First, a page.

This application aims to foster the career development of a diverse and exceptionally well trained group of pediatric endocrinologists entering the field of pediatric diabetes research through a joint institutional career development program at the Joslin Diabetes Center and Children's Hospital Boston. Through mentored training of pediatric endocrine scholars who have completed fellowships in pediatric endocrinology, this joint program will support and nurture career development of junior faculty in biomedical and behavioral diabetes investigation relevant to type 1 diabetes. Based upon the longstanding history of collaboration between the Joslin Diabetes Center and Children's Hospital Boston, our extensive diabetes research programs, and our record of successful career development of pediatric endocrinologists becoming independent diabetes researchers with support from our recently completed K12 career development grant for pediatric diabetologists, we aim to mentor a new group of pediatric endocrinologists who will become future leaders of pediatric diabetes programs in the United States. Each year we will provide career development and support for up to 3 years for 3 recent graduates of pediatric endocrinology fellowship programs. The Joslin Diabetes Center and the Children's Hospital Boston are ideally suited for this institutional career development award due to our extensive group of faculty mentors, multi-disciplinary training programs, commitment to mentoring pre- doctoral and post-doctoral fellows and junior faculty in research relevant to type 1 diabetes, and our available pool of diverse, talented candidates for appointment to the K12 program. The rationale for the application includes: the increased occurrence of both type 1 and type 2 diabetes in childhood, the need to discover the root causes of type 1 and type 2 diabetes, the challenges of achieving optimal glycemic control in youth, the high risk of short- and long-term diabetes complications, the need for additional research to increase our understanding of uncommon genetic forms of diabetes, the demands of implementing and maintaining intensive insulin therapy and new monitoring technologies in children, and the need for trained and committed pediatric diabetes investigators to advance research aimed at treating, preventing and curing these disorders. Given the history of diabetes research at our institutions and the richness of the Harvard Medical School environment, this joint application offers a unique setting for career development of pediatric endocrinologists committed to careers in pediatric diabetes. Co-Principal Investigator and Program Director Lori Laffel MD MPH and Co-Principal Investigator Morris White PhD, supported by an Advisory Committee, are in optimal positions to orchestrate this endeavor. Career development is enhanced by Joslin's NIH-supported Diabetes Research Center (formerly DERC), Harvard's CTSA, and Harvard's Catalyst Program. We have consistently demonstrated the ability to attract highly qualified candidates to our training programs and look forward to meeting the challenge of nurturing the careers of pediatric endocrinologists as pediatric diabetes investigators.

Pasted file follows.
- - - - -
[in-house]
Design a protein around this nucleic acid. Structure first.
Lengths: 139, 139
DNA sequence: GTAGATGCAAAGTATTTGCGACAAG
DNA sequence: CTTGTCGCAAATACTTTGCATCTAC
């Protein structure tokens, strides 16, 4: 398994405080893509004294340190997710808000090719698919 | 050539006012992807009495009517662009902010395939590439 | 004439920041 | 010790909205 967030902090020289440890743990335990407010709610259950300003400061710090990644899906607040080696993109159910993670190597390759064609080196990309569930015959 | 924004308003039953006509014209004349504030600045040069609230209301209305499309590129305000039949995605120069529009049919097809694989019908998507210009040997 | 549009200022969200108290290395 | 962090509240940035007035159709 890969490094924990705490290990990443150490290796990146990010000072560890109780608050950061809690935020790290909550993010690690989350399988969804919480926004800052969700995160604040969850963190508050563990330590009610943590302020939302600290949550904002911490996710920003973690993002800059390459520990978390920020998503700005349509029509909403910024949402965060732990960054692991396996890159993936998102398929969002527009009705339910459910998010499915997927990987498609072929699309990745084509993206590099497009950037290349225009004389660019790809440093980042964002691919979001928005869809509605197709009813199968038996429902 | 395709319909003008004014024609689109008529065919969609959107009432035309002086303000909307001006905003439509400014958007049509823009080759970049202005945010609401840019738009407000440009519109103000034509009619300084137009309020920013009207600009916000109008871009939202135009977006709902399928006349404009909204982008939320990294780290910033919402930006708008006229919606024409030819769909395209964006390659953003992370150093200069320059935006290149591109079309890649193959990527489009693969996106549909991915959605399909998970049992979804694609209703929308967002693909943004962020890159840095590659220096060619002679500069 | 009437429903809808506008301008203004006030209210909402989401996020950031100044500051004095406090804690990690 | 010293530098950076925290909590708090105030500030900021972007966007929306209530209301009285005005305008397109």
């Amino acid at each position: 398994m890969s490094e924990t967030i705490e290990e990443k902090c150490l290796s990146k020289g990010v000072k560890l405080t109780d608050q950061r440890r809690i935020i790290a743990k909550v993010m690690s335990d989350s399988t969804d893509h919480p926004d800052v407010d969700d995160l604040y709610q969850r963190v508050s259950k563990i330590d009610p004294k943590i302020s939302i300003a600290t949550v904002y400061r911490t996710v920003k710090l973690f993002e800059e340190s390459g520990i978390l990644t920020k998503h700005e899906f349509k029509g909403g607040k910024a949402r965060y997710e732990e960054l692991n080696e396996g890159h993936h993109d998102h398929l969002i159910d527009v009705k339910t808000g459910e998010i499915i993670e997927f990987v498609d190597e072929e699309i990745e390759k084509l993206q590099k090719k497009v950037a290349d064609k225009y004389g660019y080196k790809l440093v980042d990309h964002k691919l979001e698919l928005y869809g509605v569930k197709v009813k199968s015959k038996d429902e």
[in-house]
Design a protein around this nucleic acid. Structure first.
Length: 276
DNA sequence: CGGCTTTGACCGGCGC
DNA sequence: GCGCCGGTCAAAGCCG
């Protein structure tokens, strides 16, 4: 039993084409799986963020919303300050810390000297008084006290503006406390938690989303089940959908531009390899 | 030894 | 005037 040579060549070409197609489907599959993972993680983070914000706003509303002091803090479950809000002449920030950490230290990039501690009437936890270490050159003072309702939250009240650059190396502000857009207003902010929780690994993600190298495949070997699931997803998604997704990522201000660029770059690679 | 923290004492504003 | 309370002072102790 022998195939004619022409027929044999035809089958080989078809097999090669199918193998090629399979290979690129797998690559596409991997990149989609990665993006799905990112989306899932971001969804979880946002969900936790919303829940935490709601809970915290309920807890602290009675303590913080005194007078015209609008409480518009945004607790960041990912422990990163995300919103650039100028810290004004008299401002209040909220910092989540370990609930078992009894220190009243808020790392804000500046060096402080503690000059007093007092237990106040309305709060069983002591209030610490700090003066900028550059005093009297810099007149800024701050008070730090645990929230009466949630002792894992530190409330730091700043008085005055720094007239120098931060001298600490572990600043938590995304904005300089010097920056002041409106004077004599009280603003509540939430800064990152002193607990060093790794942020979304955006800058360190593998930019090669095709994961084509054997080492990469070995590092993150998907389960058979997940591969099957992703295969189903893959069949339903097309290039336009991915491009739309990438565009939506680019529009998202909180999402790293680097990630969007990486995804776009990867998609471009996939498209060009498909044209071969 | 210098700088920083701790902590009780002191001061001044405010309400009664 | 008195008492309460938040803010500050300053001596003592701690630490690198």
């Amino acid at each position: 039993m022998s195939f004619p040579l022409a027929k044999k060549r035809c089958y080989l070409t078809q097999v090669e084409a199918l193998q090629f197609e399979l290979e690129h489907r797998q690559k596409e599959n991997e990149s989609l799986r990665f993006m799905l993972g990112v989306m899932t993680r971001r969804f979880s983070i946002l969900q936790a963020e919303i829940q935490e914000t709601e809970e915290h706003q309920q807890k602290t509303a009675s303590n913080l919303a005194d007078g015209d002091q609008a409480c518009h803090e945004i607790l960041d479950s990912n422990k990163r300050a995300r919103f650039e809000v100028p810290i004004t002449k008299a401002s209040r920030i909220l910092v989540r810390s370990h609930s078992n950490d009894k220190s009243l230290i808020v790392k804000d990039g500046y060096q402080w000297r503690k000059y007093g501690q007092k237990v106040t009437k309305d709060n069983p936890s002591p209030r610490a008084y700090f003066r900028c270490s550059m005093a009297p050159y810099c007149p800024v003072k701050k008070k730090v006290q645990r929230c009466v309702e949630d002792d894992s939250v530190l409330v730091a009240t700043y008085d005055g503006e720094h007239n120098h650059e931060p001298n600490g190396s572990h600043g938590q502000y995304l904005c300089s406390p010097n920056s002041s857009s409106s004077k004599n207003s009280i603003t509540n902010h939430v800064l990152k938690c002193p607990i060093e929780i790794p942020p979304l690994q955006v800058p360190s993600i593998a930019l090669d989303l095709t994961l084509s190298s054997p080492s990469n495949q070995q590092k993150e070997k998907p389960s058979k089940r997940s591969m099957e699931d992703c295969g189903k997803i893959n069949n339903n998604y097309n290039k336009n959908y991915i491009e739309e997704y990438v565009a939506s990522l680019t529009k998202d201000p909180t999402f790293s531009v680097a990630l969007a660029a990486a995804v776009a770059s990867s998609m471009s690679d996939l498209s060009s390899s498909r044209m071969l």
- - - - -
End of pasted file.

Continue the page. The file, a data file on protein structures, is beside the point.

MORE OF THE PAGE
This application aims to foster the career development of a diverse and exceptionally well trained group of pediatric endocrinologists entering the field of pediatric diabetes research through a joint institutional career development program at the Joslin Diabetes Center and Children's Hospital Boston. To meet the growing biomedical and behavioral research needs for pediatric diabetes, each year we will provide career development and support for up to 3 years for 3 recent graduates of pediatric endocrinology fellowship training programs. Based upon our extensive diabetes research programs relevant to type 1 diabetes and record of successful career development of pediatric endocrinologists becoming independent diabetes researchers, we aim to support the career development of a new group of pediatric endocrinologists who will become future leaders of pediatric diabetes programs in the United States.